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A Prayer by Tagore
Aum and Chakras
Gayatri Mantra
Shri Hanuman Chalisa
Lord Ganesh
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Mantra for Improving Life
Mantra for a Peaceful Life
Mantra for a Child
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Mantra for Health
Mantras of Ma
Mantra for Marriage
Mantra For Prosperity
Mantra for Studies
Mantra for Success
Miscellaneous Mantras
Narayan Kavach
On Wavering Minds
Palav Prayer
Satyanarayan Katha
Shiv Chalisa
Shri Narayana
Sindhi Diwali Puja Vidhee
SunderKand
Teaching / Learning
The Lord's Prayer
The Palm Mantra
Two Shabads
Vasudeva Kutumbakam

 

The Lord's Prayer

Having studied in a Christian school, one of the lesson's taught to us was the Lord's prayer. We were made to say it everyday, so it became ingrained in my memory.  Today, while thinking on the same, I find it to be a general, all encompassing prayer, crossing the boundaries of all religions, and it can be used by all.

The prayer is as follows :

Our Father,
Who art in heaven,
Hallowed be thy name.
Thy kingdom come, thy will be done,
On Earth, as it is Heaven.
Give us this day our daily bread,
And forgive us of our trespasses,
As we forgive those who trespass against us.
And lead us not into temptation,
But deliver us from evil,
For thine is the kingdom, the power and the glory,
For ever and ever,
Amen!

If one were to read the prayer more deeply, one would find the similarity and broadness of this prayer. (For the sake of convenience, I refer to God as a masculine figure.  God can be a feminine figure, or even a neutral figure.  That choice is yours)

Our Father By this, we acknowledge that God is one, and he is above us all.  We also understand that we spring from him, hence we address him as Father.  This also brings us closer to him, as we now look to him as our parent, and we can have our inner dialogues with him for our answers.  Even Guru Nanak, in the Japji prayer, refers to Ek Onkar, which means one God.
Who art in heaven We understand he is in a realm which is currently beyond us, but for which we all strive to be in.  Heaven is always referred to a place of joy , tranquility and bliss
Hallowed be thy name By hallowed, we state that his name is sacred.  His name is special. As Guru Nanak says in the Japji, Satnam, which means the true name. Here, we can even say that the name can be Om. What is important to understand is that God's name is sacred.
Thy kingdom come, Thy will be done,
On Earth, as it is Heaven.
We acknowledge that all is His, in expressing that it is His kingdom, and that all happens as per His wishes (will), both here and in Heaven.  This is similar to our Hindu beliefs that all is God's doing.  
Give us this day our daily bread Here, we ask God for his blessings and grace.
And forgive us of our trespasses,
As we forgive those who trespass against us.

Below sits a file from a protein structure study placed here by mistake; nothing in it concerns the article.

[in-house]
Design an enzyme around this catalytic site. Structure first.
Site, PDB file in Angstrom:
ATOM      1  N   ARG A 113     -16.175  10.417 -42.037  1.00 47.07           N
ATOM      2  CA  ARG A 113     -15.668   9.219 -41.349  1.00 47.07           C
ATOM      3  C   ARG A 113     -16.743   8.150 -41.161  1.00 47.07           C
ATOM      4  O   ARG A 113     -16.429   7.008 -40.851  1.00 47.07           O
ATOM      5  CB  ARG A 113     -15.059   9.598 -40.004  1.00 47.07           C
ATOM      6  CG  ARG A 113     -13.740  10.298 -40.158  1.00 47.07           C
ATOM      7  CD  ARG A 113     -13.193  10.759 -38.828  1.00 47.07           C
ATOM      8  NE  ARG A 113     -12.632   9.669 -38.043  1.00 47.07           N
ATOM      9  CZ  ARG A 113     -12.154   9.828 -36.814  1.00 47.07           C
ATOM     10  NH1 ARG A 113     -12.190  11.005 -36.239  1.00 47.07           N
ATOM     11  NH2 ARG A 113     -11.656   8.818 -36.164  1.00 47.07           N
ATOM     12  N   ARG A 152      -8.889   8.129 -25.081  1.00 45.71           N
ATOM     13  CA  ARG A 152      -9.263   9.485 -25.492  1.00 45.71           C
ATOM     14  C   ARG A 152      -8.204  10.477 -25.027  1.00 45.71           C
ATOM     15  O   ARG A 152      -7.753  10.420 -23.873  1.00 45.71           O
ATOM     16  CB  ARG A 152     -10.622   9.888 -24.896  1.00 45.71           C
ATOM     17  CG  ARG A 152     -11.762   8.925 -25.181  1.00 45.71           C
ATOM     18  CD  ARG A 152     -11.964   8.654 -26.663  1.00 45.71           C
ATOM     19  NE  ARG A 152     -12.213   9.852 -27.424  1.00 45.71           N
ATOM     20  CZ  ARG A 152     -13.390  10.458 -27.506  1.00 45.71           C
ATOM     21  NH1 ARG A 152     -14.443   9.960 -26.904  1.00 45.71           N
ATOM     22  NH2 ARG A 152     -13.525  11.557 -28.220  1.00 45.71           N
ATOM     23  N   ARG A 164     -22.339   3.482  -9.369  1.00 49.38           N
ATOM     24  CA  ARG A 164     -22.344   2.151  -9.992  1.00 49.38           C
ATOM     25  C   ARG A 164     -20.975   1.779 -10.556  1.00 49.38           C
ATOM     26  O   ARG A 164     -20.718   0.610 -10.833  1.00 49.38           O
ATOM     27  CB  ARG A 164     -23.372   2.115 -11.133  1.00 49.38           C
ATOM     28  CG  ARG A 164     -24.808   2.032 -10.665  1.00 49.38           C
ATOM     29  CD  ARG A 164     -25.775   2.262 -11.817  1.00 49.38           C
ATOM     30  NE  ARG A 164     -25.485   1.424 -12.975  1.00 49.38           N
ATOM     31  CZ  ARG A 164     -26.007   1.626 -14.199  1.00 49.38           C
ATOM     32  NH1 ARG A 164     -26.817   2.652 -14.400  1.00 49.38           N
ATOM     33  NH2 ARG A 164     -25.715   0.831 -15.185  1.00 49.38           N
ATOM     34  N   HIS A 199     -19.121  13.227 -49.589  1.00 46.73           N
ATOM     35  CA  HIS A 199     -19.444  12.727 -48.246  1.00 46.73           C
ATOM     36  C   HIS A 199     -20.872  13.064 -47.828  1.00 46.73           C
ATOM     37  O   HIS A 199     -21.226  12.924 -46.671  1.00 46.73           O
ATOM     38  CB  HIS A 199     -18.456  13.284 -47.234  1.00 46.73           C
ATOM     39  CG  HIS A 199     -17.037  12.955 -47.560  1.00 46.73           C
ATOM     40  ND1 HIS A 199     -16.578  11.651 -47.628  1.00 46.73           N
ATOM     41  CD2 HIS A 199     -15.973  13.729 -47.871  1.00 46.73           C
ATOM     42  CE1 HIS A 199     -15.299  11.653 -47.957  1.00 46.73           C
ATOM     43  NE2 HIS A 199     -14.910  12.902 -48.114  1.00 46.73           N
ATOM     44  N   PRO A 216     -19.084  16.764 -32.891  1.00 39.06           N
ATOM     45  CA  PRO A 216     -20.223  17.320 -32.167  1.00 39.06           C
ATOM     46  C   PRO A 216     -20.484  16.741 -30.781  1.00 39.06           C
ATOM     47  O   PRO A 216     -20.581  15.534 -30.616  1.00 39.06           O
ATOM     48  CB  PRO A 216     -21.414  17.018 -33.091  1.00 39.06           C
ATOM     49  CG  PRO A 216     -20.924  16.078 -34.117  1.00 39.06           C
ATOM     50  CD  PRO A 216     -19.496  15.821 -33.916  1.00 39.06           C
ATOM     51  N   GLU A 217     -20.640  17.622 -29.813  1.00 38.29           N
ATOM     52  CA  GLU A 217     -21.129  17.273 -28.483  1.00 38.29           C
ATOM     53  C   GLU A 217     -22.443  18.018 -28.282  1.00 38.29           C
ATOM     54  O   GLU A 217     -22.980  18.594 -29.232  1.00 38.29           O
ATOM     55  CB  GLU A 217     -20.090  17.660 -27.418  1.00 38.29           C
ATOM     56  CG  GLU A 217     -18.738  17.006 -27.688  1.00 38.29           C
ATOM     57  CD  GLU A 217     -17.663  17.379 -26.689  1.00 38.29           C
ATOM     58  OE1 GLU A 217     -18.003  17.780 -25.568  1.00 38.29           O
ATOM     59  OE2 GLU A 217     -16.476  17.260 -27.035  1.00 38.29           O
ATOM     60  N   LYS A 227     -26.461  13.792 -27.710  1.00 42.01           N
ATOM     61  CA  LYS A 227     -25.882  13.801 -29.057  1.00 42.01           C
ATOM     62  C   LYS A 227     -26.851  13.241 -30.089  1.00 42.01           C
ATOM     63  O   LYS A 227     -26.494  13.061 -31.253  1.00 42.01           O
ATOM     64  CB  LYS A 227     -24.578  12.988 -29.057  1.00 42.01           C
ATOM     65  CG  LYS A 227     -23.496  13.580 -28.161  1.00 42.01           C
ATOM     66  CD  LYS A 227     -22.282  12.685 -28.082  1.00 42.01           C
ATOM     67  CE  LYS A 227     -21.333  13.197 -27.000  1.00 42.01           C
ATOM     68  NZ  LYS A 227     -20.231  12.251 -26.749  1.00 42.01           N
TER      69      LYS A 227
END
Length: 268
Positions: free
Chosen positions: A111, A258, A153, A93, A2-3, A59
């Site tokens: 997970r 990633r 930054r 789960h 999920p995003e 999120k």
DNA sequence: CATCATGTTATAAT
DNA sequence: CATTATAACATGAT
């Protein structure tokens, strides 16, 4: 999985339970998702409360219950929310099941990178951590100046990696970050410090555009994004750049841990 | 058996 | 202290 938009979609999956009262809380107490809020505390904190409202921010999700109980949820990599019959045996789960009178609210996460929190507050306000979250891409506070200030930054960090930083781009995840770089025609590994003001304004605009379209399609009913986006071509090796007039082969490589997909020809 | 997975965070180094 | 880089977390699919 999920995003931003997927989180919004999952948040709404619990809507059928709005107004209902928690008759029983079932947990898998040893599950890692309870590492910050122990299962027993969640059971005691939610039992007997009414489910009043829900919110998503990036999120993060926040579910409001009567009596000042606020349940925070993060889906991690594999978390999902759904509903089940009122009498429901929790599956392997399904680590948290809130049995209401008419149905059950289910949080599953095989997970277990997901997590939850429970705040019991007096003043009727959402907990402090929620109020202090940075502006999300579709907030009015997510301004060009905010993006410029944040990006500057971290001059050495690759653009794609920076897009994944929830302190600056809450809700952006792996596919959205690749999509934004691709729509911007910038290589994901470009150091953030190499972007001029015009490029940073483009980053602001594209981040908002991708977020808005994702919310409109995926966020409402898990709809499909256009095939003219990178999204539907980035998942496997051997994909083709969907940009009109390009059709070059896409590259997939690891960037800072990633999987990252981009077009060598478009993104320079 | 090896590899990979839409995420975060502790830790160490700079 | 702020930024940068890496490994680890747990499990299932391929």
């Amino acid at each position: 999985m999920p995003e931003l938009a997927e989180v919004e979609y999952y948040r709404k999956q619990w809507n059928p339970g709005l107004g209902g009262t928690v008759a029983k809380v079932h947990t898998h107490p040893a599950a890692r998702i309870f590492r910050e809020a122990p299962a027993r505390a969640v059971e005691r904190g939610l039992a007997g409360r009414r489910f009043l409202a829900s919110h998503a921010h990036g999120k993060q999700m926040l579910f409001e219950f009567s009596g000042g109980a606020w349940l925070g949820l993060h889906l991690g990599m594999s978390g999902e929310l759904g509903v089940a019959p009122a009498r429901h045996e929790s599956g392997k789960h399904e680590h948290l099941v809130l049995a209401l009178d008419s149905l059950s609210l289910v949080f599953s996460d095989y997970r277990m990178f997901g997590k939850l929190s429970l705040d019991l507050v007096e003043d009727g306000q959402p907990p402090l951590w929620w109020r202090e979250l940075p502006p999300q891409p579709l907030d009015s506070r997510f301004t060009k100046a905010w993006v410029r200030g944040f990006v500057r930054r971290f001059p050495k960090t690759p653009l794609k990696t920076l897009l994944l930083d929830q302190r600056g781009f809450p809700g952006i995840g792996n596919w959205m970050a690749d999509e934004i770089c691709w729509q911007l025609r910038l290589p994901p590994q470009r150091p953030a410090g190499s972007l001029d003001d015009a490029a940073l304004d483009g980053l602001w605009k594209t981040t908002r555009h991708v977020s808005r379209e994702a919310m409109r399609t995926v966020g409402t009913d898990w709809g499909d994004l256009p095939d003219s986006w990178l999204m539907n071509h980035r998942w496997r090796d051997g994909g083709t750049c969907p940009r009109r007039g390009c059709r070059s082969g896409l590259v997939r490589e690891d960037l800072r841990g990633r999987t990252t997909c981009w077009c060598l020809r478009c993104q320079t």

Here we ask God for forgiveness for all the wrong that we do.  In this, we see that law of giving and receiving, for if we cannot learn how to forgive others, how can we get the forgiveness from God.  As God forgives us, we must also forgive all those who have hurt us, in any way, irrespective of what we feel for them.  In the Quran, the prophet says "Forgive your servant 70 times a day".  Only by forgiveness, can we let the love of the Lord flow through us.
And lead us not into temptation, This tells us that God is testing us, making us face challenges, so as to make us better people.  We ask him to help us succeed in our challenges, and not "fall into temptation" (to fail in the test).  But the paradox here is that God also is the creator of temptations, so what does one do?  The ultimate answer is to surrender all actions to the Lord, and he will do best for us.
But deliver us from evil We acknowledge God to be the Protector and Defender of all that is good.  We know he can, with his grace, put us on the right path to him.
For Thine is the kingdom, the power and the glory We acknowledge that God is the universe, the energy (prana) and the beauty.  By doing so, we realise that all is God, everything stems from him, and all ends with him.  In Hinduism, we learn that all starts from God, and one day, all will end with Him.
For ever and ever God is eternal, with no beginning and no end.  This is the basic Hindu concept of the timelessness of God.
Amen. We end the prayer by saying a word symbolising God, be it Amen, Om, Allah, Krishna, etc. Here, it is the final acknowledgement that it is God, and only God.

This prayer can be applied to all, and does not necessarily have to be only a Christian prayer.  God is one, and for all of us.  In whatever form we call him or believe in him, as long as we follow his principles of love, compassion, devotion, service above self and forgiveness, we will always be in his Grace.

Written by - Suneel Utamchandani

 

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